Polder 1 Calibration
Geometrical requirements regard registration errors between POLDER images:
- of the same spectral band, but acquired with different polarizers: multi-polarization registration error
- of the same sequence but different spectral bands: multi-spectral registration error
- of the same spectral band but different sequences in the same orbit: multi-angular registration error
- of the same spectral band but from different orbits: multi temporal registration error
The requirements 1 (0.1 pixel MAX) and 2 (0.2 pixel MAX) are met. The requirement 3 (0.2 pixel RMS), was not met (measurement gives 0.3 RMS), because of a small angular bias. The measurement of this bias has been obtained through in-flight geometrical calibration, and is now corrected using version 0.6 of geometrical calibration parameters. RMS multi angular registration error is now between 0.12 and 0.14. The multi-temporal registration errors are currently measured.
Radiometrical in-flight calibration is achieved through a very large set of methods using well characterized natural targets such as:
- absolute calibration over molecular scattering,
- inter-band calibration over sunglint and clouds,
- interpixel and multitemporal calibration over desert sites,
- polarisation calibration over clouds and sunglint,
- interpixel calibration over clouds,
- water vapor channels calibration with radiosondes,
- inter-calibration with OCTS.
The use of all these methods has given very consistent results. Their consistency with pre-flight calibration is also excellent since no measurement indicates a change in absolute calibration greater than 5% in all spectral bands. This shows that the POLDER instrument is very stable.
In the Version 0.0, refering to the pre-launch calibration, all Ak are set to 1. For the Version 2.0, calibration values are:
The results are as follows:
- The calibration coefficients have been updated. The present accuracy of these absolute calibration coefficients is estimated to be better than 3-4%. This accuracy has been also validated through inter-calibration with OCTS. Still some uncertainty exists in the absolute calibration of the 443 nm channels. The work is ongoing to reach the challenging objective of 2-3% absolute calibration.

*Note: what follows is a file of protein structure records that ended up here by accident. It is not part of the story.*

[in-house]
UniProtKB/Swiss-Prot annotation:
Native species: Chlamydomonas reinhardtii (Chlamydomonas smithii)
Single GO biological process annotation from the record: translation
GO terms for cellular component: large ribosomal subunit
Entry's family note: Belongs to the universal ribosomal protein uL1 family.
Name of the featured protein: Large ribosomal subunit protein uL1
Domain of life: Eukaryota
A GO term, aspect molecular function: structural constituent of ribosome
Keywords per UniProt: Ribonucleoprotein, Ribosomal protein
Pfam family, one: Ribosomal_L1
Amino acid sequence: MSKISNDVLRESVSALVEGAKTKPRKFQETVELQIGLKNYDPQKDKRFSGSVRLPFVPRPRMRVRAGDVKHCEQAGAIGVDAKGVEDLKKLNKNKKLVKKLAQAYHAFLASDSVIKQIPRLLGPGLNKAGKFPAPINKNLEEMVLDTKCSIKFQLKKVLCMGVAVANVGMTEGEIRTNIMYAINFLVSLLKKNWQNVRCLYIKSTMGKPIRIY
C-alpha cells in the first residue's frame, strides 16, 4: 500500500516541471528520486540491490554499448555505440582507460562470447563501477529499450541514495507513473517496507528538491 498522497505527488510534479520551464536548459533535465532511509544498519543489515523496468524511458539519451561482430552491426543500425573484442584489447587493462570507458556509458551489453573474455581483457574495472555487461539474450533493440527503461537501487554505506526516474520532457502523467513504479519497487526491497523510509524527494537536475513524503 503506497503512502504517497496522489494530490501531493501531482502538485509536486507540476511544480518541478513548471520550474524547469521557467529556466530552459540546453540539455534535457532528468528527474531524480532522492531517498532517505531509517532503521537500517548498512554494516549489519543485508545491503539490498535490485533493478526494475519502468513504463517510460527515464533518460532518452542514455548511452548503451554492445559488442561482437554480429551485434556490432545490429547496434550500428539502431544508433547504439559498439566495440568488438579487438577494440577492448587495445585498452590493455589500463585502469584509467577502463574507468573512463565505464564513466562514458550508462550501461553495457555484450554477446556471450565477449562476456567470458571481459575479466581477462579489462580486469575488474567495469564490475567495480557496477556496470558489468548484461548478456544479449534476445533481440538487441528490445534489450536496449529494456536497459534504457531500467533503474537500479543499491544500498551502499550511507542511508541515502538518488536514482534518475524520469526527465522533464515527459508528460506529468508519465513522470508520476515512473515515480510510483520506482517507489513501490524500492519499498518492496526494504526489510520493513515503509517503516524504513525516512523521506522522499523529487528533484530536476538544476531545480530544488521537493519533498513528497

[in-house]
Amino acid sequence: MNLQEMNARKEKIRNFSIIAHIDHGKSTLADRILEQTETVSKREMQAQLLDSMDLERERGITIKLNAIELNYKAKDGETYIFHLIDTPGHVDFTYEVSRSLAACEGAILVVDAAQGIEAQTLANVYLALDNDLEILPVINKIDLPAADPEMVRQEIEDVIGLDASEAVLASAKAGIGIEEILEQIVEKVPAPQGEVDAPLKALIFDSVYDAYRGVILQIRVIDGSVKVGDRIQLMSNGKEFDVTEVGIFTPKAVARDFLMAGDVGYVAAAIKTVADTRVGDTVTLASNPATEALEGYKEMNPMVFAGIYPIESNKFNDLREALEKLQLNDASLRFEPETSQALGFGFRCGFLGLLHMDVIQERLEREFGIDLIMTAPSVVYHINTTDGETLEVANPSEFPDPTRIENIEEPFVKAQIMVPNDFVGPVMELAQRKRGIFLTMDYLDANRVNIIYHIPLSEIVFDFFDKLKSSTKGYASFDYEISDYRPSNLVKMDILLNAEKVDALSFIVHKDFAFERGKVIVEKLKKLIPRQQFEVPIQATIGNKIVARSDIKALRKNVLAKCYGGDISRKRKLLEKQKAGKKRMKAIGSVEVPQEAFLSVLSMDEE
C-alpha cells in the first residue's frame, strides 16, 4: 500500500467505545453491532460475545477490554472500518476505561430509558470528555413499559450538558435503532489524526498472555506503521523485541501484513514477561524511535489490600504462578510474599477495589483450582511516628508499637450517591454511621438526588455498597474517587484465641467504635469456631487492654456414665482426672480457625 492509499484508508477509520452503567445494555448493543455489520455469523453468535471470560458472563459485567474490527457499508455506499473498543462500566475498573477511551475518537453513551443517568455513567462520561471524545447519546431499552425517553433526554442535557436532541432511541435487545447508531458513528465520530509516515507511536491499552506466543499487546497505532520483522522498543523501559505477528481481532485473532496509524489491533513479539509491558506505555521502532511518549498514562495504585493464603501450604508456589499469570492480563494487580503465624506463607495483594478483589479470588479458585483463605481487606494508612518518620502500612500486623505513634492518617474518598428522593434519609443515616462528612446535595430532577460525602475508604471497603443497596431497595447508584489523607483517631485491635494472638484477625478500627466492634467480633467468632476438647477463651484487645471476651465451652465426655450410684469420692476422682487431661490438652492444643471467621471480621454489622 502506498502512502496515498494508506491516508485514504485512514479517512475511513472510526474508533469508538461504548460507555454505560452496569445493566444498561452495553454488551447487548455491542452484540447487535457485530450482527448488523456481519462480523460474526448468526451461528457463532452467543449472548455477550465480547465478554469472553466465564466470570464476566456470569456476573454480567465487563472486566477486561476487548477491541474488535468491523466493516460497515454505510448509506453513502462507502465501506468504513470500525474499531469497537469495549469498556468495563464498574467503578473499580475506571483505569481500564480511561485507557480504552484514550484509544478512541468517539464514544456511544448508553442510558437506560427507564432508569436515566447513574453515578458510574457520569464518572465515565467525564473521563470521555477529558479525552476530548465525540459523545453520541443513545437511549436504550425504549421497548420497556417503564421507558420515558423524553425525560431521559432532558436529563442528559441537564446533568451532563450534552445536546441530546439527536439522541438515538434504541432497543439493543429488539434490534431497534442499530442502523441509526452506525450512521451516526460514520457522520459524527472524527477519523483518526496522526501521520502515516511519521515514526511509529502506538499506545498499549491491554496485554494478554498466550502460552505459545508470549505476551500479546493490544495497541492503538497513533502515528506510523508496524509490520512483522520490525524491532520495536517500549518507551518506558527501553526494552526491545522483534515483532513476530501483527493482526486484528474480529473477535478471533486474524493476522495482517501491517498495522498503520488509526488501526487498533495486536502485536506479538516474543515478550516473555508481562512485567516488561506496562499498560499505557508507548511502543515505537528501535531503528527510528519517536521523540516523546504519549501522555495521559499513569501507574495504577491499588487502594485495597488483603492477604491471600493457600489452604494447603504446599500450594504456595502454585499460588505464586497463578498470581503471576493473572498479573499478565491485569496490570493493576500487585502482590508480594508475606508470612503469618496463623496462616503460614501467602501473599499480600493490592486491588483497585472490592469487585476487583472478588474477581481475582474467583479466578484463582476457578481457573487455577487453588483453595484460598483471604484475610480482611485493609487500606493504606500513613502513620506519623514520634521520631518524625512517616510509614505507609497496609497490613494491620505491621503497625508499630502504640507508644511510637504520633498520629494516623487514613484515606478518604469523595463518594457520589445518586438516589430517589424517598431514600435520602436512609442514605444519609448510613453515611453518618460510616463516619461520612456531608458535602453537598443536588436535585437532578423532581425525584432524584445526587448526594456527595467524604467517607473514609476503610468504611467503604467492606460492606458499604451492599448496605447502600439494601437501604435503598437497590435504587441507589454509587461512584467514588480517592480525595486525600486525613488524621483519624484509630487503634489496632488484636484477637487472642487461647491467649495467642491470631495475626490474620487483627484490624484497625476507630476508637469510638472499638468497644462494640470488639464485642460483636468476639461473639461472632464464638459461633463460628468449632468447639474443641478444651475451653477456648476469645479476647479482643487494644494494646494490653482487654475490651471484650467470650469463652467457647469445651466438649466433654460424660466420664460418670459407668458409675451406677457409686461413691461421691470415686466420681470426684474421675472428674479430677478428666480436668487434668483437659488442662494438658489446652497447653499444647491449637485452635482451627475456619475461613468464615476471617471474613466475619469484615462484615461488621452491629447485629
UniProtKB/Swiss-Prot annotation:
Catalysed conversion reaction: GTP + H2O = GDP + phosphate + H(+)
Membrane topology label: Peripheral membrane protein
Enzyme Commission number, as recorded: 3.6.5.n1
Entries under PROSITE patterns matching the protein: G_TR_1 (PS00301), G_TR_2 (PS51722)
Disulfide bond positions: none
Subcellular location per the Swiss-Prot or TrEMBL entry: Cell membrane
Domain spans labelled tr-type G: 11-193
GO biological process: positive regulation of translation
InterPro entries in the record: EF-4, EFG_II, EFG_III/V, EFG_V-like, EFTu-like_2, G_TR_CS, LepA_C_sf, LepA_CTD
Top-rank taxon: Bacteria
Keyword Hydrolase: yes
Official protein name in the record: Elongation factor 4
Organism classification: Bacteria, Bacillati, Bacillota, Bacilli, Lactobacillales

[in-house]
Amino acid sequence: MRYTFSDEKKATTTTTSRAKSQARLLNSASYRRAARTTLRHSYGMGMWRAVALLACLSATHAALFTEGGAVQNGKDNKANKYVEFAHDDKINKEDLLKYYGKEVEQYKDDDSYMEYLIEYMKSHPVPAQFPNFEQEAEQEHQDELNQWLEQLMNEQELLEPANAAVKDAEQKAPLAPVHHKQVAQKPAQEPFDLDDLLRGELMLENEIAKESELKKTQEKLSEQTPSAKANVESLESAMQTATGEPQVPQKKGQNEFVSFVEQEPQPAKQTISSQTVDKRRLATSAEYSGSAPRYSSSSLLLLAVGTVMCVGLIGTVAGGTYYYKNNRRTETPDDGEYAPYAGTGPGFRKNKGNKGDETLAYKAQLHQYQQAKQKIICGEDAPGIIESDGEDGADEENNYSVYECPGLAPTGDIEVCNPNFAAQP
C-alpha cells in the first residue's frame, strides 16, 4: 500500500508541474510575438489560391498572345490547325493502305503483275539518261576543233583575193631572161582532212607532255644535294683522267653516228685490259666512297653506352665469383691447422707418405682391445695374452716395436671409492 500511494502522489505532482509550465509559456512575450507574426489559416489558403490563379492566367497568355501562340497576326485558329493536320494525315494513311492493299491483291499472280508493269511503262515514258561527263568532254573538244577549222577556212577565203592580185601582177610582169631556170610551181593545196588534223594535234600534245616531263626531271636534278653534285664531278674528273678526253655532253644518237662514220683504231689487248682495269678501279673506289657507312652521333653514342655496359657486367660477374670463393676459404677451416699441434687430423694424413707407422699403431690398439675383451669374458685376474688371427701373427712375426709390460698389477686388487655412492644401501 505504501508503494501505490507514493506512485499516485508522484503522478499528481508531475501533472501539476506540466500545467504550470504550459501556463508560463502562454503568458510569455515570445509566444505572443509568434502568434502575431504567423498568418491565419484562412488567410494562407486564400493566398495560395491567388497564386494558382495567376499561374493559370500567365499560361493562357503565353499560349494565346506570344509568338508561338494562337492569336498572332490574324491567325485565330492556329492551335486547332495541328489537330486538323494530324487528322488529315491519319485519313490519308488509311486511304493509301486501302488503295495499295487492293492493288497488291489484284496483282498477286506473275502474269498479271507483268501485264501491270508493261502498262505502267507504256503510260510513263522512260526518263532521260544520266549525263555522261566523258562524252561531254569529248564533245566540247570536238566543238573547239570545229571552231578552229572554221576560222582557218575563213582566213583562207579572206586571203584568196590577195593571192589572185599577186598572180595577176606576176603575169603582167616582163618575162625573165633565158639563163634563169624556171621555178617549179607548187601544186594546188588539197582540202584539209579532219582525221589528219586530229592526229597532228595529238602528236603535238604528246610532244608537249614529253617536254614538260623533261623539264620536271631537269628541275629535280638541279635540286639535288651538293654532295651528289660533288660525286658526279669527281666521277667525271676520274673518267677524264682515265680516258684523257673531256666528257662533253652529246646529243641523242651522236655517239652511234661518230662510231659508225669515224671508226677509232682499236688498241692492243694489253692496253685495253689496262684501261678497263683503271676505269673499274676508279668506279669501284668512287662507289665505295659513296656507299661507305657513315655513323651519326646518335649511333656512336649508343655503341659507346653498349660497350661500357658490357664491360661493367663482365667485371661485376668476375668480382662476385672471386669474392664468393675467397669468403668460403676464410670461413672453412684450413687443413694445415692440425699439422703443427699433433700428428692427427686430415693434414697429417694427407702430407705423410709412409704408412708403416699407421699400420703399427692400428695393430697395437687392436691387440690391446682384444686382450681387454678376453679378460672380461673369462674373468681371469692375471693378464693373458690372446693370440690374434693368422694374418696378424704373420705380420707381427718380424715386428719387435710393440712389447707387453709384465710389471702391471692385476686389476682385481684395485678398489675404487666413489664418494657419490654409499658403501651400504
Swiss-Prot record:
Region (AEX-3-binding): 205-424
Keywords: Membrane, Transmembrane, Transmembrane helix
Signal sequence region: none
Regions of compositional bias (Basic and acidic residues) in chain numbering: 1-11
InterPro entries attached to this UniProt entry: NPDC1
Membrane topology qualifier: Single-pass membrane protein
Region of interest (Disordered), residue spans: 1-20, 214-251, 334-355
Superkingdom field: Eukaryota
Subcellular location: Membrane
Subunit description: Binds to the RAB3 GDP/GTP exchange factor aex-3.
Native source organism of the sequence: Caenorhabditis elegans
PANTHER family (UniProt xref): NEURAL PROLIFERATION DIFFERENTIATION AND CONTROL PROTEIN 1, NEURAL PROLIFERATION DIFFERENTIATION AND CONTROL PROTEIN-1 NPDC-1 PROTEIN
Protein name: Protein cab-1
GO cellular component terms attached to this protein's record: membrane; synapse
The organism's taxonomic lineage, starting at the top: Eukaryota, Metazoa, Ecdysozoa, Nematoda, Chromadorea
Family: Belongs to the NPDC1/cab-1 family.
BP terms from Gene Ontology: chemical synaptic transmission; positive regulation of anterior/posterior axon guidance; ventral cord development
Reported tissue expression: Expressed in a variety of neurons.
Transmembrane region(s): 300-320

- In-flight inter-band calibration is better than 1% (except maybe for 443P spectral band).
- Polarization rates can be determined with better than 1% accuracy.
- High frequency relative calibration between different elementary detectors in the CCD matrix did not change by more than 0.2%.
- Low frequency relative calibration could not be measured with enough accuracy, but there is no hint of a variation.
The strongest requirement in term of NeDR (given in normalized radiance unit) is less than 5 E-4 for low radiances, except for the polarized channels 443P for which the specification is 1E-3. The preflight performance budget (accounting for the photon, electronic noises and residual straylight correction associated with an average landscape radiance of 0.25) for an input radiance of 0.05 varies from 2 E-4 to 6 E-4 with the different channels.
Without a stable on-board source, measuring the radiometrical performances of POLDER is not easy because it seems to be no natural target with enough uniformity: all such measurements show that the performance is better than 1.5 E-3.
The only way to validate the pre-flight performance budgets is to compare the 443P and 443NP measurements which should be identical after radiometrical corrections. Standard deviation between the two measurements is better than the 443P requirement and a little worse than 443NP, as expected since the calibration method gives the quadratic mean of the two noises. We consider that pre-flight performance budgets are validated.
All our measurements indicate that POLDER instrument is stable.
New coefficients have been introduced in the level 1 processing parameters and POLDER level 1 data have been reprocessed. Note that POLDER level 1 products are fully calibrated and georeferenced.